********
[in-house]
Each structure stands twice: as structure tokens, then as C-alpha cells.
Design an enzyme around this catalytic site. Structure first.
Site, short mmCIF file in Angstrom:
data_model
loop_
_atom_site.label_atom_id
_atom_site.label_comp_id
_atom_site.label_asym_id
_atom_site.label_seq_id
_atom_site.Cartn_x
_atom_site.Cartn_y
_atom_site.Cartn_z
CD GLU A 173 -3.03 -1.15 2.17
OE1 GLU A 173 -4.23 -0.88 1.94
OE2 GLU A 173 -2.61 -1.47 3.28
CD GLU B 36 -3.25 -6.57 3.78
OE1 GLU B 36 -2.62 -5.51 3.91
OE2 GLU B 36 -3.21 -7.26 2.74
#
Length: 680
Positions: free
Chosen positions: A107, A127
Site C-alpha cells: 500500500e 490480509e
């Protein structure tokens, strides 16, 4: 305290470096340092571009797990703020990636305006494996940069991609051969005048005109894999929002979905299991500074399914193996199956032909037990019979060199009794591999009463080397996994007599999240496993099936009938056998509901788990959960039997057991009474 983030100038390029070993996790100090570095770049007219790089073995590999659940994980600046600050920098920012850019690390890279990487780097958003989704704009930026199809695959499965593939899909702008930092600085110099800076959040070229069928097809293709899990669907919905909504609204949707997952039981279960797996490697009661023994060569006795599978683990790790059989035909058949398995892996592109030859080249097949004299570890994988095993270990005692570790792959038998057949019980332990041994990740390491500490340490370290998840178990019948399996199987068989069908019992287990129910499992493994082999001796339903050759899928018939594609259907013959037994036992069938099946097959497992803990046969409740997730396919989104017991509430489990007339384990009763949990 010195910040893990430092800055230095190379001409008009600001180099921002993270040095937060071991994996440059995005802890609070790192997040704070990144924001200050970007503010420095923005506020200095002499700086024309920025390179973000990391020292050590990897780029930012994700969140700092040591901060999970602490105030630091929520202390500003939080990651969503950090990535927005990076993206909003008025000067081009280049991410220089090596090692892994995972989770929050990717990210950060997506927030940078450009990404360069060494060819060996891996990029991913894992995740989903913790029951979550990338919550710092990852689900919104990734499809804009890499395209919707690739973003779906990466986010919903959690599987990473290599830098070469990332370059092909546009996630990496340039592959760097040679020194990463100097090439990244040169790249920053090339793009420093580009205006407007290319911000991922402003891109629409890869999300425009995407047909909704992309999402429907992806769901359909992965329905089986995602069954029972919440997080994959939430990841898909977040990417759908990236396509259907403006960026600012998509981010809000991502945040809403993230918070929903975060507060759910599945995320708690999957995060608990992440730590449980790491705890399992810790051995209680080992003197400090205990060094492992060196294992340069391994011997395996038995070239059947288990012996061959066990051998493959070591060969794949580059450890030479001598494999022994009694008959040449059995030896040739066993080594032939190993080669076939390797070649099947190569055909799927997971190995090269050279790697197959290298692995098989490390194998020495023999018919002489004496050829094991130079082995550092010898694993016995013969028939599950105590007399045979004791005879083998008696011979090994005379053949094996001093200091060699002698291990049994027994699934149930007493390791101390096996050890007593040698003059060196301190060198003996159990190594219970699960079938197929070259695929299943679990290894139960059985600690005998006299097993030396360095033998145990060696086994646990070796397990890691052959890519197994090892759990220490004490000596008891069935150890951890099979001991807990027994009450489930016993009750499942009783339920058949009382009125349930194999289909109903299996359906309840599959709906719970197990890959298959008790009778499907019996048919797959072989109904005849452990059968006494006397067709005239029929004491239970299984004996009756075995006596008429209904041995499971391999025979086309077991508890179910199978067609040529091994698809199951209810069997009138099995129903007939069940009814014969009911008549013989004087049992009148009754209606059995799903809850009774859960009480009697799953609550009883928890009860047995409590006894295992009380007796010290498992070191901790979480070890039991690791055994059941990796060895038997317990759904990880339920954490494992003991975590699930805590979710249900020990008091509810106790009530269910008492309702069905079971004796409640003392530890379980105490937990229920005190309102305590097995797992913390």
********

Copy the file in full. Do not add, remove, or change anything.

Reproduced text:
[in-house]
Each structure stands twice: as structure tokens, then as C-alpha cells.
Design an enzyme around this catalytic site. Structure first.
Site, short mmCIF file in Angstrom:
data_model
loop_
_atom_site.label_atom_id
_atom_site.label_comp_id
_atom_site.label_asym_id
_atom_site.label_seq_id
_atom_site.Cartn_x
_atom_site.Cartn_y
_atom_site.Cartn_z
CD GLU A 173 -3.03 -1.15 2.17
OE1 GLU A 173 -4.23 -0.88 1.94
OE2 GLU A 173 -2.61 -1.47 3.28
CD GLU B 36 -3.25 -6.57 3.78
OE1 GLU B 36 -2.62 -5.51 3.91
OE2 GLU B 36 -3.21 -7.26 2.74
#
Length: 680
Positions: free
Chosen positions: A107, A127
Site C-alpha cells: 500500500e 490480509e
């Protein structure tokens, strides 16, 4: 305290470096340092571009797990703020990636305006494996940069991609051969005048005109894999929002979905299991500074399914193996199956032909037990019979060199009794591999009463080397996994007599999240496993099936009938056998509901788990959960039997057991009474 983030100038390029070993996790100090570095770049007219790089073995590999659940994980600046600050920098920012850019690390890279990487780097958003989704704009930026199809695959499965593939899909702008930092600085110099800076959040070229069928097809293709899990669907919905909504609204949707997952039981279960797996490697009661023994060569006795599978683990790790059989035909058949398995892996592109030859080249097949004299570890994988095993270990005692570790792959038998057949019980332990041994990740390491500490340490370290998840178990019948399996199987068989069908019992287990129910499992493994082999001796339903050759899928018939594609259907013959037994036992069938099946097959497992803990046969409740997730396919989104017991509430489990007339384990009763949990 010195910040893990430092800055230095190379001409008009600001180099921002993270040095937060071991994996440059995005802890609070790192997040704070990144924001200050970007503010420095923005506020200095002499700086024309920025390179973000990391020292050590990897780029930012994700969140700092040591901060999970602490105030630091929520202390500003939080990651969503950090990535927005990076993206909003008025000067081009280049991410220089090596090692892994995972989770929050990717990210950060997506927030940078450009990404360069060494060819060996891996990029991913894992995740989903913790029951979550990338919550710092990852689900919104990734499809804009890499395209919707690739973003779906990466986010919903959690599987990473290599830098070469990332370059092909546009996630990496340039592959760097040679020194990463100097090439990244040169790249920053090339793009420093580009205006407007290319911000991922402003891109629409890869999300425009995407047909909704992309999402429907992806769901359909992965329905089986995602069954029972919440997080994959939430990841898909977040990417759908990236396509259907403006960026600012998509981010809000991502945040809403993230918070929903975060507060759910599945995320708690999957995060608990992440730590449980790491705890399992810790051995209680080992003197400090205990060094492992060196294992340069391994011997395996038995070239059947288990012996061959066990051998493959070591060969794949580059450890030479001598494999022994009694008959040449059995030896040739066993080594032939190993080669076939390797070649099947190569055909799927997971190995090269050279790697197959290298692995098989490390194998020495023999018919002489004496050829094991130079082995550092010898694993016995013969028939599950105590007399045979004791005879083998008696011979090994005379053949094996001093200091060699002698291990049994027994699934149930007493390791101390096996050890007593040698003059060196301190060198003996159990190594219970699960079938197929070259695929299943679990290894139960059985600690005998006299097993030396360095033998145990060696086994646990070796397990890691052959890519197994090892759990220490004490000596008891069935150890951890099979001991807990027994009450489930016993009750499942009783339920058949009382009125349930194999289909109903299996359906309840599959709906719970197990890959298959008790009778499907019996048919797959072989109904005849452990059968006494006397067709005239029929004491239970299984004996009756075995006596008429209904041995499971391999025979086309077991508890179910199978067609040529091994698809199951209810069997009138099995129903007939069940009814014969009911008549013989004087049992009148009754209606059995799903809850009774859960009480009697799953609550009883928890009860047995409590006894295992009380007796010290498992070191901790979480070890039991690791055994059941990796060895038997317990759904990880339920954490494992003991975590699930805590979710249900020990008091509810106790009530269910008492309702069905079971004796409640003392530890379980105490937990229920005190309102305590097995797992913390």